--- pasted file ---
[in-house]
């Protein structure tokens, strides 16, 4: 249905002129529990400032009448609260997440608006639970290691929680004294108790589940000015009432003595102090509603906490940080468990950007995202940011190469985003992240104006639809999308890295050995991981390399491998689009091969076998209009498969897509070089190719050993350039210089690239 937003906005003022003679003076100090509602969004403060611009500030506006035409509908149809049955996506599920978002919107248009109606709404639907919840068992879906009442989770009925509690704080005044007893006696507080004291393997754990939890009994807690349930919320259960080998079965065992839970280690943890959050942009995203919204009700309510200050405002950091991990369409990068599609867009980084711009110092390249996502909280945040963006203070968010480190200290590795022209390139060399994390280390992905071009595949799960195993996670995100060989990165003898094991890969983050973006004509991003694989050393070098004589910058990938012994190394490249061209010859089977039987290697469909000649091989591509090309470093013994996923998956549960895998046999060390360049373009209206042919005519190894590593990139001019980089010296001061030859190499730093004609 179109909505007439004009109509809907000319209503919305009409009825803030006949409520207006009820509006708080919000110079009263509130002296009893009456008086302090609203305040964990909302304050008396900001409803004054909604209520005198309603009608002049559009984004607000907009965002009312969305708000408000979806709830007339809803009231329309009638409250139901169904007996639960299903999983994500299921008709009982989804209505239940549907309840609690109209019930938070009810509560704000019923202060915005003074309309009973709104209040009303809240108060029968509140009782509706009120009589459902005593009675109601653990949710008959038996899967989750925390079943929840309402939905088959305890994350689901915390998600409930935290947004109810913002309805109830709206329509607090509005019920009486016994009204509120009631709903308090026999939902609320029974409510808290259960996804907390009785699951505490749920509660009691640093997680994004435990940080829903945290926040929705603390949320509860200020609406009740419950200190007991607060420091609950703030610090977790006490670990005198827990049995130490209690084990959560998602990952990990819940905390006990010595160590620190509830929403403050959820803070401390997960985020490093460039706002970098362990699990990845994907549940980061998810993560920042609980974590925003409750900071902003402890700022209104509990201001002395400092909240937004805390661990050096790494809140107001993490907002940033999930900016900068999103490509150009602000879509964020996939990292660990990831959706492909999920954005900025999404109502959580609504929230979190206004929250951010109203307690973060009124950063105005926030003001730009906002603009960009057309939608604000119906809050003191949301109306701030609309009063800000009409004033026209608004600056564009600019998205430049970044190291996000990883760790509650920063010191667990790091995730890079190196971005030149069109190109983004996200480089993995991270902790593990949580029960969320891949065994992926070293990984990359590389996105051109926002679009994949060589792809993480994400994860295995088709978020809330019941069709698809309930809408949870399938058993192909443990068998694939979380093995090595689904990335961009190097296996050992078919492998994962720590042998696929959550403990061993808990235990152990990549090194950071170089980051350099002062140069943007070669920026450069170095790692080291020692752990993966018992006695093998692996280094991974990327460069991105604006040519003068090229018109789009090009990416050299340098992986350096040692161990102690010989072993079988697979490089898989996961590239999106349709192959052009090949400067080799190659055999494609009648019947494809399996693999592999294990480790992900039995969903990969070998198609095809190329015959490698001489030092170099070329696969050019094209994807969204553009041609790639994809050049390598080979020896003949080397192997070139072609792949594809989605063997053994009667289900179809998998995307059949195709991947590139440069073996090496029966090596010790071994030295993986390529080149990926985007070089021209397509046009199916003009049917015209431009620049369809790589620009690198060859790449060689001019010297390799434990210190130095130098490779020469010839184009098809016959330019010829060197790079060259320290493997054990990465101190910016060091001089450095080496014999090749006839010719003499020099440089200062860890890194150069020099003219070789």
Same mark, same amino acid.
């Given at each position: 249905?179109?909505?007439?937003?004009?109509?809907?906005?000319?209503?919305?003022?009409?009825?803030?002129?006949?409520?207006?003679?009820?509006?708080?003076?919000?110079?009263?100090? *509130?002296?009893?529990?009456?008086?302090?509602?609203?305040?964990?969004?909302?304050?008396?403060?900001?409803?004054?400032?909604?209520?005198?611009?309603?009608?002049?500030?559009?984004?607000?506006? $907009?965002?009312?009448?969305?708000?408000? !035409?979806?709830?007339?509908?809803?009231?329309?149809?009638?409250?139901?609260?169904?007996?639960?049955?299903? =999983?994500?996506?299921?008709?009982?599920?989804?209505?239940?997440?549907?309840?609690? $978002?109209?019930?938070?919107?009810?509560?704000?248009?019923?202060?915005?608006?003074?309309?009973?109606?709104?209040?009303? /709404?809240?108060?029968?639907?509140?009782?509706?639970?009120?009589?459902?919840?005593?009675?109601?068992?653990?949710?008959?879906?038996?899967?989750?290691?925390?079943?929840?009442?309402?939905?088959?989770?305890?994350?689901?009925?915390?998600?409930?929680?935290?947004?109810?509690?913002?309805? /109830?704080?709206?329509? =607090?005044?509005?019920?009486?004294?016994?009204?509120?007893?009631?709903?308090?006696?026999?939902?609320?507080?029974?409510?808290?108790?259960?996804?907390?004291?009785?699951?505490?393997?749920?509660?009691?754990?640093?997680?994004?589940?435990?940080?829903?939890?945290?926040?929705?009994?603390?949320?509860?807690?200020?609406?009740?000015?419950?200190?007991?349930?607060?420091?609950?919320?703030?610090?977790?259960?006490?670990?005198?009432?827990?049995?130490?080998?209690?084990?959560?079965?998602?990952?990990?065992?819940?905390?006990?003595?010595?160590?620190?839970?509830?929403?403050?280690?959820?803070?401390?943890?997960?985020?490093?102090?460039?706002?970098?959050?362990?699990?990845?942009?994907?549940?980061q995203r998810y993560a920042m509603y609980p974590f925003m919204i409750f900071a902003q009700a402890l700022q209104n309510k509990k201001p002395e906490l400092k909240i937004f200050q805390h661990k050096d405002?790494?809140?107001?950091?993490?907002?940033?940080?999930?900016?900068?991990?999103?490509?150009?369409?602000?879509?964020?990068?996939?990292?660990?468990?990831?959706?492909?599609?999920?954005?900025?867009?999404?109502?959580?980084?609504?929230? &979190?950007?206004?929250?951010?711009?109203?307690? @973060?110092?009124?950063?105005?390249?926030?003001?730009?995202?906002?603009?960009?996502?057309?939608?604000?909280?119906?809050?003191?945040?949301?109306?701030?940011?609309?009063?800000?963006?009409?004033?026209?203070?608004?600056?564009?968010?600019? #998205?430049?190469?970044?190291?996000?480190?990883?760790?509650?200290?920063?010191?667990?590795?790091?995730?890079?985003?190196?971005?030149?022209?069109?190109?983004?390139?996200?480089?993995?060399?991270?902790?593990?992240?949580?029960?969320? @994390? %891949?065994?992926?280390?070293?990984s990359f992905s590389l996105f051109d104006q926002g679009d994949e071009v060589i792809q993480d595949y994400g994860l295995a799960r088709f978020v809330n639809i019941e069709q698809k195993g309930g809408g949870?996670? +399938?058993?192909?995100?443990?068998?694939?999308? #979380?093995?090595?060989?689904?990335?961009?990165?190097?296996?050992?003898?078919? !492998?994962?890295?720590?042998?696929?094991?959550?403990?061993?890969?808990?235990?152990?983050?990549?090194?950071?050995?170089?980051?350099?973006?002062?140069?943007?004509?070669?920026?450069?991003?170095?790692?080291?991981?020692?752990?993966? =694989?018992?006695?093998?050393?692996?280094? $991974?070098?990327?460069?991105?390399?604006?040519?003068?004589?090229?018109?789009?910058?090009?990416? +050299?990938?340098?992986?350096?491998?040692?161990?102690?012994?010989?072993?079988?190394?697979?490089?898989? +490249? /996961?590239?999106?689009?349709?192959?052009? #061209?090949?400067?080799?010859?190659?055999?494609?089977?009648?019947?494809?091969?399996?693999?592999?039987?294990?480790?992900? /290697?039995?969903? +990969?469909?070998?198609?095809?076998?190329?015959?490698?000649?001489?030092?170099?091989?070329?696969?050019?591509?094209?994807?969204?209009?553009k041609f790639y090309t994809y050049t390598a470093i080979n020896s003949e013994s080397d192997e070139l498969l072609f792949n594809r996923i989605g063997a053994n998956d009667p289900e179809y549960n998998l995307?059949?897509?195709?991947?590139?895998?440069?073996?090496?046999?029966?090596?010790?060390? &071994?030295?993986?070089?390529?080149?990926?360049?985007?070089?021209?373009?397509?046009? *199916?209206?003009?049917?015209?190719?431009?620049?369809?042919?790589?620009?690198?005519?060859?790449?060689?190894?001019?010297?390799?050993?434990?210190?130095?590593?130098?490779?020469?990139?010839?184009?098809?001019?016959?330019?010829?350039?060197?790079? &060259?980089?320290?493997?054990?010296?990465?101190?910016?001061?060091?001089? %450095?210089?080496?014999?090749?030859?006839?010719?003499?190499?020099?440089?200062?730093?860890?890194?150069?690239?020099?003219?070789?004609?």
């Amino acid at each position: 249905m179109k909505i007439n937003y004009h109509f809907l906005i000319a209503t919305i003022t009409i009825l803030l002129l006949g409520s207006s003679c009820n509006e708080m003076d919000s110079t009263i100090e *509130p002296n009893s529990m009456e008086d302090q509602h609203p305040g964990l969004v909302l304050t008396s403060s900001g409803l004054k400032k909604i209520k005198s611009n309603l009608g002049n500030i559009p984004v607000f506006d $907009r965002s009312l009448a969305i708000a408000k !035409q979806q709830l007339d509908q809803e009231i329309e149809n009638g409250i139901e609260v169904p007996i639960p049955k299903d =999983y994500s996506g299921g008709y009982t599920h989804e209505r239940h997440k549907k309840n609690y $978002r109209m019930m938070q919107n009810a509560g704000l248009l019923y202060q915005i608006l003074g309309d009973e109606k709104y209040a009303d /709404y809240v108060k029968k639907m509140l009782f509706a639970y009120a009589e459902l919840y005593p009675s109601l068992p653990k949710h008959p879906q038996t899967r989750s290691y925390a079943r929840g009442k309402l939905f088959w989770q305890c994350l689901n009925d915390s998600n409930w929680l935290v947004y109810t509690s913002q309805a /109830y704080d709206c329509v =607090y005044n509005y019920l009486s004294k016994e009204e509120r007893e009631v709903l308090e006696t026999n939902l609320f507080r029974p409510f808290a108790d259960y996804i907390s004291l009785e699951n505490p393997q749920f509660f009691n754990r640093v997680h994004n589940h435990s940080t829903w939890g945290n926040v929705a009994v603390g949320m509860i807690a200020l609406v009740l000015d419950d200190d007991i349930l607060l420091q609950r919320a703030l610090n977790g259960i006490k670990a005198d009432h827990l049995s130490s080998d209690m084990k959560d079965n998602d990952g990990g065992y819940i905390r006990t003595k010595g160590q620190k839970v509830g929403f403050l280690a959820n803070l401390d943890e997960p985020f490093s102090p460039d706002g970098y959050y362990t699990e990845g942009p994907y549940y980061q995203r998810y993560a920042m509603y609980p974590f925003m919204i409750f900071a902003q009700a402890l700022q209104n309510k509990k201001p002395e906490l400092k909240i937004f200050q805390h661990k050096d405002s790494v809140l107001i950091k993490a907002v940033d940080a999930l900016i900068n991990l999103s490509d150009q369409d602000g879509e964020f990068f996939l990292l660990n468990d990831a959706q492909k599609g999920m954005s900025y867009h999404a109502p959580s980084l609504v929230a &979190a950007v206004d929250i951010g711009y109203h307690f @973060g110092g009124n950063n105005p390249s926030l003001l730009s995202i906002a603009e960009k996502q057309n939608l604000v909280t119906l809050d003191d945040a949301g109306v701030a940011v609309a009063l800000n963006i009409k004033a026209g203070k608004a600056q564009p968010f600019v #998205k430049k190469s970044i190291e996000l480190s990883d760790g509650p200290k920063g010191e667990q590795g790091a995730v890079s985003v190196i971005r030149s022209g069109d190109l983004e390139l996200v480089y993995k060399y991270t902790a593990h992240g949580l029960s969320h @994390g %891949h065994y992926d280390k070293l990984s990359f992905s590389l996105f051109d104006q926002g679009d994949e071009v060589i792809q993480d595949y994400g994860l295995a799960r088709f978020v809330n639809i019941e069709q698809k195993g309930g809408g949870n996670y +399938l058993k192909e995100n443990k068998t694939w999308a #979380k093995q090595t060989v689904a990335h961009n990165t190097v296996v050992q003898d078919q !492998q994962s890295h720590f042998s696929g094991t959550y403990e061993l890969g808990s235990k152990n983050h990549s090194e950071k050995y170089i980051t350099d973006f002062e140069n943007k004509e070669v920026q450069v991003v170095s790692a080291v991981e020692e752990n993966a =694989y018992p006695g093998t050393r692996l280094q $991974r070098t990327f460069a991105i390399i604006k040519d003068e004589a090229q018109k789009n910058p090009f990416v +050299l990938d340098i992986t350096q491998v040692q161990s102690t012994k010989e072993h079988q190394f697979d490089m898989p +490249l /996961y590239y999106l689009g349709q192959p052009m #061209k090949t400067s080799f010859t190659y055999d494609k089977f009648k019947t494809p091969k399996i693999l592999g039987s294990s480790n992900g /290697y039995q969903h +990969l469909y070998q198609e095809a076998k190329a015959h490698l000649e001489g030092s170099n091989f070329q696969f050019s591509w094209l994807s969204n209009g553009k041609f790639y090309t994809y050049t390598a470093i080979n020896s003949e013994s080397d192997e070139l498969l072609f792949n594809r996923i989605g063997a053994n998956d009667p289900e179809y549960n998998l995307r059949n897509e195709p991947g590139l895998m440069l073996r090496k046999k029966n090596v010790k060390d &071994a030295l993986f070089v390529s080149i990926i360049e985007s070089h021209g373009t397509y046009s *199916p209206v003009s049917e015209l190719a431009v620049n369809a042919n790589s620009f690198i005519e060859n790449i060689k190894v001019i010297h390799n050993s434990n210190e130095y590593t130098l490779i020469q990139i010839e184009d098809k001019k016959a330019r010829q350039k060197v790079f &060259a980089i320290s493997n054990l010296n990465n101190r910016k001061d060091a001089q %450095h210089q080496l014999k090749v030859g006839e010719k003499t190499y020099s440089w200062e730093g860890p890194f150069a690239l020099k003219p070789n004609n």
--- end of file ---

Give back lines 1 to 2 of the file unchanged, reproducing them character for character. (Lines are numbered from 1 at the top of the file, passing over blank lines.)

[in-house]
């Protein structure tokens, strides 16, 4: 249905002129529990400032009448609260997440608006639970290691929680004294108790589940000015009432003595102090509603906490940080468990950007995202940011190469985003992240104006639809999308890295050995991981390399491998689009091969076998209009498969897509070089190719050993350039210089690239 937003906005003022003679003076100090509602969004403060611009500030506006035409509908149809049955996506599920978002919107248009109606709404639907919840068992879906009442989770009925509690704080005044007893006696507080004291393997754990939890009994807690349930919320259960080998079965065992839970280690943890959050942009995203919204009700309510200050405002950091991990369409990068599609867009980084711009110092390249996502909280945040963006203070968010480190200290590795022209390139060399994390280390992905071009595949799960195993996670995100060989990165003898094991890969983050973006004509991003694989050393070098004589910058990938012994190394490249061209010859089977039987290697469909000649091989591509090309470093013994996923998956549960895998046999060390360049373009209206042919005519190894590593990139001019980089010296001061030859190499730093004609 179109909505007439004009109509809907000319209503919305009409009825803030006949409520207006009820509006708080919000110079009263509130002296009893009456008086302090609203305040964990909302304050008396900001409803004054909604209520005198309603009608002049559009984004607000907009965002009312969305708000408000979806709830007339809803009231329309009638409250139901169904007996639960299903999983994500299921008709009982989804209505239940549907309840609690109209019930938070009810509560704000019923202060915005003074309309009973709104209040009303809240108060029968509140009782509706009120009589459902005593009675109601653990949710008959038996899967989750925390079943929840309402939905088959305890994350689901915390998600409930935290947004109810913002309805109830709206329509607090509005019920009486016994009204509120009631709903308090026999939902609320029974409510808290259960996804907390009785699951505490749920509660009691640093997680994004435990940080829903945290926040929705603390949320509860200020609406009740419950200190007991607060420091609950703030610090977790006490670990005198827990049995130490209690084990959560998602990952990990819940905390006990010595160590620190509830929403403050959820803070401390997960985020490093460039706002970098362990699990990845994907549940980061998810993560920042609980974590925003409750900071902003402890700022209104509990201001002395400092909240937004805390661990050096790494809140107001993490907002940033999930900016900068999103490509150009602000879509964020996939990292660990990831959706492909999920954005900025999404109502959580609504929230979190206004929250951010109203307690973060009124950063105005926030003001730009906002603009960009057309939608604000119906809050003191949301109306701030609309009063800000009409004033026209608004600056564009600019998205430049970044190291996000990883760790509650920063010191667990790091995730890079190196971005030149069109190109983004996200480089993995991270902790593990949580029960969320891949065994992926070293990984990359590389996105051109926002679009994949060589792809993480994400994860295995088709978020809330019941069709698809309930809408949870399938058993192909443990068998694939979380093995090595689904990335961009190097296996050992078919492998994962720590042998696929959550403990061993808990235990152990990549090194950071170089980051350099002062140069943007070669920026450069170095790692080291020692752990993966018992006695093998692996280094991974990327460069991105604006040519003068090229018109789009090009990416050299340098992986350096040692161990102690010989072993079988697979490089898989996961590239999106349709192959052009090949400067080799190659055999494609009648019947494809399996693999592999294990480790992900039995969903990969070998198609095809190329015959490698001489030092170099070329696969050019094209994807969204553009041609790639994809050049390598080979020896003949080397192997070139072609792949594809989605063997053994009667289900179809998998995307059949195709991947590139440069073996090496029966090596010790071994030295993986390529080149990926985007070089021209397509046009199916003009049917015209431009620049369809790589620009690198060859790449060689001019010297390799434990210190130095130098490779020469010839184009098809016959330019010829060197790079060259320290493997054990990465101190910016060091001089450095080496014999090749006839010719003499020099440089200062860890890194150069020099003219070789």